We, well at least I do, think of leftovers as those annoying reminders of last night’s meal; what do you do with them! No-one really wants to eat them, and it takes all the culinary imagination you have to think of something creative to do with them, to make them re-appetizing.
Yet Jesus feeds five thousand men, really with their wives and children that brings it up to what 20 thousand? He feeds those who came to hear him. Hospitality is important to many cultures around the world, for those of the Middle East is one of the great virtues.
Abraham rushes from the door of his tent to meet the three visitors and prostrates himself, those angels who have come to tell him Sarah is pregnant.
My lord, if now I have found favour in thy sight, pass not away, I pray thee, from thy servant. Let now a little water be fetched, and wash your feet, and recline yourselves under the tree. And I will fetch a morsel of bread, and stay ye your heart; after that ye shall pass on (Genesis 18:3–5). He gives of everything he has to these guests.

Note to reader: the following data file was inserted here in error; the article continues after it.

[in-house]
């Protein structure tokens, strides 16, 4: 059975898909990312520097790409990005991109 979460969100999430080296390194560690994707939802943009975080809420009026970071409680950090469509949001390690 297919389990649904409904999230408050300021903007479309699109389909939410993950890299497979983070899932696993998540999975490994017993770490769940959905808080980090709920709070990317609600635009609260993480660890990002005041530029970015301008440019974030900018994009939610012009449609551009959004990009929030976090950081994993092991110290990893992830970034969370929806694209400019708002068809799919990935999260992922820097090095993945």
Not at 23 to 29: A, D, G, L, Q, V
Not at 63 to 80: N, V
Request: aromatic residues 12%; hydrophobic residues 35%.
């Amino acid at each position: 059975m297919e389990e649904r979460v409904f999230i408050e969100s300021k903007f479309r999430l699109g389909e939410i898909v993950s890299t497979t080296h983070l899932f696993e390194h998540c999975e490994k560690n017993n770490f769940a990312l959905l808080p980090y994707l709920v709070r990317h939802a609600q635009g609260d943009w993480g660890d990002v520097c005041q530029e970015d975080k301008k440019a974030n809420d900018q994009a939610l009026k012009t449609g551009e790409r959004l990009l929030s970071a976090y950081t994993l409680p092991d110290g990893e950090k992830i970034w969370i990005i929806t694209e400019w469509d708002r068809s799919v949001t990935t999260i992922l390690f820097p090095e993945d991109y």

Jesus does not want these tired and hungry women, children and men to leave without something to eat, it would be rude, unforgivable! There is an unwritten duty to care for the stranger at your door, not just to care for those you love and know. It was an act of Mercy giving solace to those in need. It was an act of Faith that you would have enough, even when you didn’t. In was an act of Hope that by giving such much of yourself that you will be rewarded a hundred times fold.
He gives of himself, blessing the loaves and fishes, and they were fed and had leftovers. He gives until there is no longer a need. Leftovers become gifts of love.